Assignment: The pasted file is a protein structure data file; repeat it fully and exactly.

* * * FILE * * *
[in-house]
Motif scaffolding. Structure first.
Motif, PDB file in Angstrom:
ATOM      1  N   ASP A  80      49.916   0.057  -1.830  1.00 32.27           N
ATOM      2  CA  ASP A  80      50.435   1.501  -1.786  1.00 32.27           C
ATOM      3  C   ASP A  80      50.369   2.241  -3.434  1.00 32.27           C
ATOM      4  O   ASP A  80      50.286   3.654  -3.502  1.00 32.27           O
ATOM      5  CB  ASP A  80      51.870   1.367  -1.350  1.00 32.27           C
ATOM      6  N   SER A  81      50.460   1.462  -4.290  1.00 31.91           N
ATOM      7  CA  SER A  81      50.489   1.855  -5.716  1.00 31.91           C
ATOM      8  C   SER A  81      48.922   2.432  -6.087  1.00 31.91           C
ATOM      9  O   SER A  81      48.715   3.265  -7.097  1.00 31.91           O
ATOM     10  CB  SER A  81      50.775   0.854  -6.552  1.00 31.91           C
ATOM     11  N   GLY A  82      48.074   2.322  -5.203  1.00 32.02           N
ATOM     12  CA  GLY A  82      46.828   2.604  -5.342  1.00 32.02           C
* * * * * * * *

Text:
[in-house]
Motif scaffolding. Structure first.
Motif, PDB file in Angstrom:
ATOM      1  N   ASP A  80      49.916   0.057  -1.830  1.00 32.27           N
ATOM      2  CA  ASP A  80      50.435   1.501  -1.786  1.00 32.27           C
ATOM      3  C   ASP A  80      50.369   2.241  -3.434  1.00 32.27           C
ATOM      4  O   ASP A  80      50.286   3.654  -3.502  1.00 32.27           O
ATOM      5  CB  ASP A  80      51.870   1.367  -1.350  1.00 32.27           C
ATOM      6  N   SER A  81      50.460   1.462  -4.290  1.00 31.91           N
ATOM      7  CA  SER A  81      50.489   1.855  -5.716  1.00 31.91           C
ATOM      8  C   SER A  81      48.922   2.432  -6.087  1.00 31.91           C
ATOM      9  O   SER A  81      48.715   3.265  -7.097  1.00 31.91           O
ATOM     10  CB  SER A  81      50.775   0.854  -6.552  1.00 31.91           C
ATOM     11  N   GLY A  82      48.074   2.322  -5.203  1.00 32.02           N
ATOM     12  CA  GLY A  82      46.828   2.604  -5.342  1.00 32.02           C